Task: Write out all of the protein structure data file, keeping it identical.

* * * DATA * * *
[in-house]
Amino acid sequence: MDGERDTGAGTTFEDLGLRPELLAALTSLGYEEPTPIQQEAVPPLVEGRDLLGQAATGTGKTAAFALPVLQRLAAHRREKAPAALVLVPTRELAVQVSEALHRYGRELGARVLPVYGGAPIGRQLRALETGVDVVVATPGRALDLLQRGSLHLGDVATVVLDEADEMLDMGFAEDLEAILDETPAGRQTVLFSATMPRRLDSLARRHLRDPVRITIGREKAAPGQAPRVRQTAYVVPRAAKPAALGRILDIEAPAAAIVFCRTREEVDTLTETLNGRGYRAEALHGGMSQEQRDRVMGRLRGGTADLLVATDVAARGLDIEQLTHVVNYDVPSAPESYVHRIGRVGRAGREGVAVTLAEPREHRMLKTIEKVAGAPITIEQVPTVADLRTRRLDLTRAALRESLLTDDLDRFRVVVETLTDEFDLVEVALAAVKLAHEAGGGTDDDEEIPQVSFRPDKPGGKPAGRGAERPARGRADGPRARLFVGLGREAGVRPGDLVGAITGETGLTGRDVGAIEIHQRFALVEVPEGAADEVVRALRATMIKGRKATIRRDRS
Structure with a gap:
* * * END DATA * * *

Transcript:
[in-house]
Amino acid sequence: MDGERDTGAGTTFEDLGLRPELLAALTSLGYEEPTPIQQEAVPPLVEGRDLLGQAATGTGKTAAFALPVLQRLAAHRREKAPAALVLVPTRELAVQVSEALHRYGRELGARVLPVYGGAPIGRQLRALETGVDVVVATPGRALDLLQRGSLHLGDVATVVLDEADEMLDMGFAEDLEAILDETPAGRQTVLFSATMPRRLDSLARRHLRDPVRITIGREKAAPGQAPRVRQTAYVVPRAAKPAALGRILDIEAPAAAIVFCRTREEVDTLTETLNGRGYRAEALHGGMSQEQRDRVMGRLRGGTADLLVATDVAARGLDIEQLTHVVNYDVPSAPESYVHRIGRVGRAGREGVAVTLAEPREHRMLKTIEKVAGAPITIEQVPTVADLRTRRLDLTRAALRESLLTDDLDRFRVVVETLTDEFDLVEVALAAVKLAHEAGGGTDDDEEIPQVSFRPDKPGGKPAGRGAERPARGRADGPRARLFVGLGREAGVRPGDLVGAITGETGLTGRDVGAIEIHQRFALVEVPEGAADEVVRALRATMIKGRKATIRRDRS
Structure with a gap: